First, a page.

How are Black Women in Public Relations achieving visibility through entrepreneurship?
The State of Representation in Public Relations
Whilst PR organisations are aware of their wide diversity gap and attempt to offer solutions in the form of more research; schemes etc., that address these concerns, they could benefit from affiliating themselves with networks of diverse PR practitioners who are better positioned as experts on what the industry needs to do in order to advance its diversity agenda.
Making a Case for Diversity in Public Relations
The normative view of diversity in PR scholarship calls for the industry to improve its diversity practices based on two primary ideas: its increasingly communication with diverse audiences and inclusive scholarly work as a result of the globalised practice of the profession. The notion of requisite variety which calls for diversity to be practiced equally inside and outside organisations as interpreted by Grunig et al. encourages PR organisations, clients and practitioners to build meaningful relationships with stakeholders in order to strengthen the value and credibility of their communication activities. Whilst this approach and other initiatives to diversify the PR workplace may work theoretically and be effective ‘the policy principle of ‘managing diversity’ is itself fundamentally flawed’ principally because it doesn’t account for intersectional differences and is essentially ‘a tactical tool for managers to use, [meaning] that diversity is stripped of its social and cultural context and instead becomes narrowly understood as a source of competitive advantage, embedded in a Western-centric frame of reference’.
Visibility Through Entrepreneurship
Entrepreneurship in the context of this paper, is defined as self-employment. A notable and positive effect of the industry’s recognised diversity challenges has sparked conversations wherein the voices contributing to the discussion via social media for example, has unveiled a community of Black female PR practitioners professionals. For the self-employed Black female professionals working independently, their active participation in the discourses on the state of PR and practice as part of asserting their PR brands, convey a strategic visibility that also amplifies their voices. However, strategic visibility as a method to advance female leadership in the workplace is a flawed recommendation that does not consider systemic inequality. For black women, strategic visibility can cause social and personal well-being consequences unless, exercised through the prism of entrepreneurship. Still as self-employed entrepreneurs, Black women are in position of power that enables them to navigate their work environment more fluidly because they are equipped with the freedom to be and choose. Although this does not absolve them from experiencing societal discrimination, the knowledge and experience of their own conditions of visibility, provides them with the unique tools to navigate related barriers and challenges, strategically.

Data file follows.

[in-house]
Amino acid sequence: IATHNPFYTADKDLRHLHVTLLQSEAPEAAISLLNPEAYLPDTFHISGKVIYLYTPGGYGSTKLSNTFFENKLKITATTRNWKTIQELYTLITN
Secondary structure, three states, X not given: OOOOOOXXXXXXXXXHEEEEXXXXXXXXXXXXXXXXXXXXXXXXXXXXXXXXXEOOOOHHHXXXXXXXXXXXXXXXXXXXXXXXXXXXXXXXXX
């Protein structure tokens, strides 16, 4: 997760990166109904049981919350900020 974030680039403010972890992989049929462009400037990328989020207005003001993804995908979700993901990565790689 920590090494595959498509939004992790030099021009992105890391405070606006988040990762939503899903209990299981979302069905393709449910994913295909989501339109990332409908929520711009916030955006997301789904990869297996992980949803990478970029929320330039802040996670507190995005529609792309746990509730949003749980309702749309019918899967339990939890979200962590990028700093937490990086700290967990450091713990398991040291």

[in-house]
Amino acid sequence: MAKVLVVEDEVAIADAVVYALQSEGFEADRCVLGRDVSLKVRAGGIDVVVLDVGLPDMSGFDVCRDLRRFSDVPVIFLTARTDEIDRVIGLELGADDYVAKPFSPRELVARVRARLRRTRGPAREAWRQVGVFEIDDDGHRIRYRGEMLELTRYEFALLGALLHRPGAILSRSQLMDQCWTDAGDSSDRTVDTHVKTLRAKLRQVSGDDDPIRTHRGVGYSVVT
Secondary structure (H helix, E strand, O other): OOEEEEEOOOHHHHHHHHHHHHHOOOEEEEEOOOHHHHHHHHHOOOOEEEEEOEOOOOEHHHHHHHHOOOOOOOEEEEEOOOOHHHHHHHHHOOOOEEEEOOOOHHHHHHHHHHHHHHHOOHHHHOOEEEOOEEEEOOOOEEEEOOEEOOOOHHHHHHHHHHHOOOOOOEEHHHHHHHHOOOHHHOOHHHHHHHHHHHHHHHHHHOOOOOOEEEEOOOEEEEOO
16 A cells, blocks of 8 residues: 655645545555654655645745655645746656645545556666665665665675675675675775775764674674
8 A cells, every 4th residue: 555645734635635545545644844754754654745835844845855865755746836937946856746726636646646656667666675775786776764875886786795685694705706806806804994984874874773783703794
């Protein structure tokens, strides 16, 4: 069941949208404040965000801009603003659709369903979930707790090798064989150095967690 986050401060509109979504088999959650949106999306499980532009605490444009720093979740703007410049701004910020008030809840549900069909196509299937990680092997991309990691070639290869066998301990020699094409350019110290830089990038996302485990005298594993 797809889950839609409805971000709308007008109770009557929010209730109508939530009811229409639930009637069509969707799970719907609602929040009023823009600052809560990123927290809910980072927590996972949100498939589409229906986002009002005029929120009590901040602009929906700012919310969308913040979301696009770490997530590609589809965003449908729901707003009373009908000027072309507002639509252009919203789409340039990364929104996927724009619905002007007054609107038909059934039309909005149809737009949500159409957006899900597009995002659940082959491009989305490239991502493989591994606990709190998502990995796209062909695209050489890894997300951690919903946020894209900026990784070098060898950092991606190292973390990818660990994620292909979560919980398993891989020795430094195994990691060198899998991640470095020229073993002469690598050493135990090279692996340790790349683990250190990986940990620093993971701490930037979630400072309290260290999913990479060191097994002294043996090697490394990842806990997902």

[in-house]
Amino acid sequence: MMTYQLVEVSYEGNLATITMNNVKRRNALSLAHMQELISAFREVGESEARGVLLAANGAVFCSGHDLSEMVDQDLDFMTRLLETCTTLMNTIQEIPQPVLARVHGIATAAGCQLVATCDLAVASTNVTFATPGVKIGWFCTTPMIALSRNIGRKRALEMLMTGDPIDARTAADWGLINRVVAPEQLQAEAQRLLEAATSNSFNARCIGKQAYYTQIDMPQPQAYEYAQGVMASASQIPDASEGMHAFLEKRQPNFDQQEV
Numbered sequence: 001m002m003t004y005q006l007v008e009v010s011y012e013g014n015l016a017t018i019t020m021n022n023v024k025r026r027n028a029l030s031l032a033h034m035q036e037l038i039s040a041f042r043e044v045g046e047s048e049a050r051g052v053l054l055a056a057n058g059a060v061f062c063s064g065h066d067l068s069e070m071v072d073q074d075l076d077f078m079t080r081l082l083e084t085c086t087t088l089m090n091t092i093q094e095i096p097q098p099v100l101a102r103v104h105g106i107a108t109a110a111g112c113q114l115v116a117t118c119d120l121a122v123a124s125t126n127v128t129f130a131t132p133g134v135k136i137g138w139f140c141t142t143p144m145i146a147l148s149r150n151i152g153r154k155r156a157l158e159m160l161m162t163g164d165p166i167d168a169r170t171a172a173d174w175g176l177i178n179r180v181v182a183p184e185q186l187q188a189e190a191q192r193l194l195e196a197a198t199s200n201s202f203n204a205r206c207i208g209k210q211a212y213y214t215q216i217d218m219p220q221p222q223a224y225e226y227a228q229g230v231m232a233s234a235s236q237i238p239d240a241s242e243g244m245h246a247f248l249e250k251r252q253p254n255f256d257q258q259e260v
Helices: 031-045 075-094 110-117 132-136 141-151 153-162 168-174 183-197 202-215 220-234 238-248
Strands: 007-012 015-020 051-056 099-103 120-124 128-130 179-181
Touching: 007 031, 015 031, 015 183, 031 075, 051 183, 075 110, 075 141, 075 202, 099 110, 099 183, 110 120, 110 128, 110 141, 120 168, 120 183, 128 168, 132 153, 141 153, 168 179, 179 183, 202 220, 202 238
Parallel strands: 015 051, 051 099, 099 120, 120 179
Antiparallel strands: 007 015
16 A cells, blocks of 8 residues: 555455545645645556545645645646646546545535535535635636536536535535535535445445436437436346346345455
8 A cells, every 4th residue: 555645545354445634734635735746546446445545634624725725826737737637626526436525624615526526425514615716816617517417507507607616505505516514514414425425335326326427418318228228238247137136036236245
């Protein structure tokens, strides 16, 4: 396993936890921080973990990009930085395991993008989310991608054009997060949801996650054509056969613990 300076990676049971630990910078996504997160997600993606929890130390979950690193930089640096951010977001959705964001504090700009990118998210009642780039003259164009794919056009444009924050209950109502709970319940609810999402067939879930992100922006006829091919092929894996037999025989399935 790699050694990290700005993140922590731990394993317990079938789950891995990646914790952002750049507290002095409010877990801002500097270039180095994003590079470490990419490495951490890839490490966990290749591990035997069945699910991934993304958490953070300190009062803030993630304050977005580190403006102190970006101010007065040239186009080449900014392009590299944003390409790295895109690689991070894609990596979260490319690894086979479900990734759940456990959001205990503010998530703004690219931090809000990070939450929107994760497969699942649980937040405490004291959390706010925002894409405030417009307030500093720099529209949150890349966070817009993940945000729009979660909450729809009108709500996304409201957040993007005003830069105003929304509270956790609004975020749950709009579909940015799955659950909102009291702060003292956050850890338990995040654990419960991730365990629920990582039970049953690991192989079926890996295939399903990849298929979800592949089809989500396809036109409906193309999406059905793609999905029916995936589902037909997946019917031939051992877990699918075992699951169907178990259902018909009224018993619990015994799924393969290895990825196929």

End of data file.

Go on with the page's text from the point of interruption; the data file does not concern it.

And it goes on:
Digital Media, Brand Communities and Image
Similarly to brands no longer needing major platforms to communicate their messages and reach stakeholders, self-employed Black Female practitioners can benefit from building their own brand communities. Therefore, in order to position themselves competitively they could use content as a powerful tool to reach audiences creatively and position themselves thought leaders through their their own social and digital platforms and through relative digital communities.